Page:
The Guyana Forestry Commission responds to misleading Kaieteur News article

The Guyana Forestry Commission (GFC) takes this opportunity to clarify the management of the country’s forestry sector following an erroneous article published by Kaieteur News on July 25, 2023. The article in question is a product of the publisher’s many deceptive rants; titled ‘Foreign companies ‘raping’ Guyana’s gold and forestry sectors’ the piece is laced entirely with inaccuracies aimed at misleading the Guyanese people in a sensationalist attempt to boost paper sales.

Firstly, it is extremely false to spew that foreign companies operating in Guyana’s forestry sector are awarded contracts to construct roads and bridges while simultaneously ‘exploiting’ the nation’s resources. Further, it is an equally damaging falsehood to say that those companies are in turn, barring locals from ‘setting foot’ on the roads and bridges. We wish to categorically state that no foreign company operating in the forestry sector has ever been given a contract to build roads and bridges. Companies, both foreign and local, develop roads within their concessions for their own private use. This has been a long-standing tradition. Most of the roads used by forestry-related companies are built and maintained by the Government of Guyana.

Readers may recall that as part of Budget 2023 – a whopping $781.9 billion and Guyana’s largest budget ever passed – over $4 billion was allocated to build, upgrade and maintain hinterland roads and bridges. In keeping with procurement requirements, all projects were publicly advertised with the contracts publicly awarded by the National Procurement and Tender Administration Board (NPTAB). Further to this, a major road corridor – the US$190 million Linden to Mabura road network is being constructed by the government along with new bridges from Linden to Kurupukari. These road networks are open to all Guyanese and foreign companies operating in all sectors and are part of the government’s transformative agenda of enhancing infrastructure across the country.

The newspaper and its publisher also fallacious state that foreign companies are given duty-free privileges to conduct its large operations. Kaieteur News and its publisher should be well aware that all heavy-duty equipment such as log loaders, skidders, bulldozers, among others, that utilised in the forestry and other sectors are duty-free. Hence, there no special privileges are given to foreigners, or as a matter of fact, any company. Duty-free concessions on heavy-duty equipment are legally obtained and can be accessed by any individual or company foreign or local operating in Guyana. The Guyana Revenue Authority is responsible to affording these concessions.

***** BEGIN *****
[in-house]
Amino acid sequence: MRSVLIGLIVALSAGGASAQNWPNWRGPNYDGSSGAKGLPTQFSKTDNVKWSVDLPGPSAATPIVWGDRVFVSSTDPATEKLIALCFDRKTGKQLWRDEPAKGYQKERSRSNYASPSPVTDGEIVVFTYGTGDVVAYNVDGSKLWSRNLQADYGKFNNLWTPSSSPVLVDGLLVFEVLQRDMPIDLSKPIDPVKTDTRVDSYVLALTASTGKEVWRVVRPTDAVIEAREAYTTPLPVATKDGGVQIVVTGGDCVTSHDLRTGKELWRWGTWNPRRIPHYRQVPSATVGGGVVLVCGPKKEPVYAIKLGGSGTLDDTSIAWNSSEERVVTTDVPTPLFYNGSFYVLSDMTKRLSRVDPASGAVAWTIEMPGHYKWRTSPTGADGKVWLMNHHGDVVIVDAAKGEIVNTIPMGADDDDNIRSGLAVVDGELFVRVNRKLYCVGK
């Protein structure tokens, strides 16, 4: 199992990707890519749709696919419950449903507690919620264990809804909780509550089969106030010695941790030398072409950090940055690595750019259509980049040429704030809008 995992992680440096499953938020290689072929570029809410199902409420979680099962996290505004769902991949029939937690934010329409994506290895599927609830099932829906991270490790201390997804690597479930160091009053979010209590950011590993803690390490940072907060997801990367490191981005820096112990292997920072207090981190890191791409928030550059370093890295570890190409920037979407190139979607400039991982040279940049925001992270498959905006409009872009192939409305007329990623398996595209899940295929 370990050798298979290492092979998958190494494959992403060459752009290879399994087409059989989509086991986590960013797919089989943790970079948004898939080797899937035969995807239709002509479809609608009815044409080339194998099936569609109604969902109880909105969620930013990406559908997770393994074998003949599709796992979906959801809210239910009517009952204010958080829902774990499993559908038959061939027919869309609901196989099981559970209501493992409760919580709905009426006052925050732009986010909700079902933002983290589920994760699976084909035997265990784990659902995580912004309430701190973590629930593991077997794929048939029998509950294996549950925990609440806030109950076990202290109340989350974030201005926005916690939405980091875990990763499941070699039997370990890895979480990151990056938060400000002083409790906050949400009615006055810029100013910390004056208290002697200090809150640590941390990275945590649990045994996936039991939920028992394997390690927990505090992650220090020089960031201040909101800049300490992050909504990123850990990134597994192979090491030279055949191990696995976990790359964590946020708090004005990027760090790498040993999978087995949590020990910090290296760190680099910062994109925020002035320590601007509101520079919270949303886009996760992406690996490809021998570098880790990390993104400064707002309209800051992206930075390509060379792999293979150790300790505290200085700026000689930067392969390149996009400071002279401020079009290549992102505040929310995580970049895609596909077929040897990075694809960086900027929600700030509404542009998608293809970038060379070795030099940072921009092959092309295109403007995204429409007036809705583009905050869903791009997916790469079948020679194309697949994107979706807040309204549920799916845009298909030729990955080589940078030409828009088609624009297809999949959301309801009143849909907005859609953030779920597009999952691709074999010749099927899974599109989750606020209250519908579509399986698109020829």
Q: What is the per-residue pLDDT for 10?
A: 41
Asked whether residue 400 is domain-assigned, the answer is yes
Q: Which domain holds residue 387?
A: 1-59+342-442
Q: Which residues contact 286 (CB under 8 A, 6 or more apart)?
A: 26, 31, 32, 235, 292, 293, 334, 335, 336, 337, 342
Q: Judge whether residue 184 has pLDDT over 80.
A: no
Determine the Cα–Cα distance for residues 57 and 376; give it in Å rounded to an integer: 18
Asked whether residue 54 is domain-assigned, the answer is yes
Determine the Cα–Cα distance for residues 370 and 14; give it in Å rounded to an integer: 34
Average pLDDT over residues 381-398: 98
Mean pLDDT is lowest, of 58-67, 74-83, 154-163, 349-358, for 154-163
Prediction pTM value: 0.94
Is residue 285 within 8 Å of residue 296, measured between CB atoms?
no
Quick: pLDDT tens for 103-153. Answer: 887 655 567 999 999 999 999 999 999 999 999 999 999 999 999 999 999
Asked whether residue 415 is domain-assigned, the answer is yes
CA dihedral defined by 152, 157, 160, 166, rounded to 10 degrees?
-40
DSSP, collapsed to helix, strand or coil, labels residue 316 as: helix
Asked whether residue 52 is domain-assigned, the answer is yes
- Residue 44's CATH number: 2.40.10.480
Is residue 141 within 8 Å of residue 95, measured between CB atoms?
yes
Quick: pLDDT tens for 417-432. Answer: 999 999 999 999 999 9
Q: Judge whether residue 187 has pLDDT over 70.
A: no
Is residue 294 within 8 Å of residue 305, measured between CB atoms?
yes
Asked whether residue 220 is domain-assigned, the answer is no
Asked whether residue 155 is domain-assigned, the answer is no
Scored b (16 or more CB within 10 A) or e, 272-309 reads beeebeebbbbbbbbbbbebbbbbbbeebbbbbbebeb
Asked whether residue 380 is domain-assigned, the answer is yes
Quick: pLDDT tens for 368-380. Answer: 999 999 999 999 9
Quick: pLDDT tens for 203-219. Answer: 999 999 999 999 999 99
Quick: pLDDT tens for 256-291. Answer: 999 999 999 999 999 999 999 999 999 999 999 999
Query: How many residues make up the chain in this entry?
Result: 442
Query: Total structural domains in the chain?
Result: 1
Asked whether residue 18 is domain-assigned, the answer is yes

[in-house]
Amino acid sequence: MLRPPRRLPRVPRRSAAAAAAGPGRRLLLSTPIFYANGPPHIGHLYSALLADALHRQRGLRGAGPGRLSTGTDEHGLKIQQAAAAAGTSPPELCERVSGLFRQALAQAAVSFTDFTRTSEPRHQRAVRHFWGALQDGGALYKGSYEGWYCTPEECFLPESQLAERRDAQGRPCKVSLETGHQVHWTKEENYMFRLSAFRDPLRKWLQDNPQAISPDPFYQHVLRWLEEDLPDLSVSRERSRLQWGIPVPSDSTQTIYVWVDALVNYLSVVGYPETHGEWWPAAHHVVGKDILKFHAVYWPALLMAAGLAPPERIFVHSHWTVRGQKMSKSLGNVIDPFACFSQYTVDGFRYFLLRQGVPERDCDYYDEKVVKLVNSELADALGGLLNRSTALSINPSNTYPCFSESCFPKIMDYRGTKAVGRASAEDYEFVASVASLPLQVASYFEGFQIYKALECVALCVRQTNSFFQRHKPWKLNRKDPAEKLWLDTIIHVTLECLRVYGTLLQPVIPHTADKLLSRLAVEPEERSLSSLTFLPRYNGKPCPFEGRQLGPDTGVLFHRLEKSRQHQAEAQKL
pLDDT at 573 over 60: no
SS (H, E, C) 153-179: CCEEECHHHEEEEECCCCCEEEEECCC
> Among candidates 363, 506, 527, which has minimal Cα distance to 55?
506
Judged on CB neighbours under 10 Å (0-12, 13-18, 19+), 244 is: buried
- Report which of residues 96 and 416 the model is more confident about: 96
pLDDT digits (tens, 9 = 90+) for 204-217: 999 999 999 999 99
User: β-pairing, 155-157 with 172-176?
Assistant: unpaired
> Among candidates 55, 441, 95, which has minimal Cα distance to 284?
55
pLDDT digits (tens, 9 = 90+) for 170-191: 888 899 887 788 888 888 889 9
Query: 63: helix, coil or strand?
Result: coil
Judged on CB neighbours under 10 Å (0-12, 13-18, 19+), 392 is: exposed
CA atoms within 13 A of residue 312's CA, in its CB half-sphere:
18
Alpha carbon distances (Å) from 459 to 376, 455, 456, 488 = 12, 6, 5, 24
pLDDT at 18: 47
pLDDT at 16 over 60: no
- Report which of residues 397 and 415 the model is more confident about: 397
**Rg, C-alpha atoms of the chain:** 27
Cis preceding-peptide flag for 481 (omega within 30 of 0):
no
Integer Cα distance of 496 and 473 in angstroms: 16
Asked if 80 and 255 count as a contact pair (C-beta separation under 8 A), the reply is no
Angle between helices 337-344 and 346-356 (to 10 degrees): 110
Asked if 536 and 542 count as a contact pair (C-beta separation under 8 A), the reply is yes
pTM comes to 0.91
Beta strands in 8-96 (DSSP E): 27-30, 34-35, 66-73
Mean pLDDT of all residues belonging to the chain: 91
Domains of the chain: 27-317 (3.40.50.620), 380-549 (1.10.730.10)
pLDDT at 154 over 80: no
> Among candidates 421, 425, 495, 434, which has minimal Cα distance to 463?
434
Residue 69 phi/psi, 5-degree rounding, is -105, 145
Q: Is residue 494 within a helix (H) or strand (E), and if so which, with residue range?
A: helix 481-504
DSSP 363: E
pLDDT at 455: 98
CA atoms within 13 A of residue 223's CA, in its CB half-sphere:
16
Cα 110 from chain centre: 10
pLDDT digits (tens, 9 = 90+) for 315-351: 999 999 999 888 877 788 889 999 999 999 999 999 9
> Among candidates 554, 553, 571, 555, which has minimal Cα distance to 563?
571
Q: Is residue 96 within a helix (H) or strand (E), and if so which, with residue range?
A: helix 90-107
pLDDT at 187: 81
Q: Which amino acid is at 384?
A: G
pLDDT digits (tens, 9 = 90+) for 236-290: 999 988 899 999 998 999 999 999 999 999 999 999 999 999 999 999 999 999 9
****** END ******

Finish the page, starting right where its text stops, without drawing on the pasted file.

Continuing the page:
The GFC wishes to set straight, as well, that there are over 550 concession holders small and large operating in the logging sector.  Currently, there are only five (5) foreign companies holding concessions in the forestry sector. Added to this, the current level of production is way below the threshold or allowable cut, thereby debunking the deceptive statement that the resources are being exploited. Guyana has one of the best forest management systems globally and the rate of deforestation is among the lowest in the world. Had it not been for Guyana’s low level of deforestation along with prudent forestry management practices, Guyana would not have been able to secure a lucrative space in the carbon credit market.

Readers may recall that in December last year, 33.5 million tonnes of carbon credits were certified and placed on the market for sale. This was soon followed by the sale of credits valuing a minimum of US$ 750M to Stabroek Block Partner, Hess Corporation. A portion (15%) of these funds has already been made available to indigenous villages for livelihood activities, thereby transforming the lives and economic sustainability of hinterland villages across Guyana. This singular benefit alone contradicts Kaieteur News’ mischievous assertion that there is disregard for the welfare of the Guyanese people and that the nation’s citizens ‘struggle to secure a meal.’

In light of the foregoing, the GFC, and by extension, the Ministry of Natural Resources encourages Kaieteur News, and in particular its publisher, to kindly reach out to the respective entities to seek facts pertaining to the management of Guyana’s natural resources sector. The ministry remains assessable and transparent to all those who seek information.

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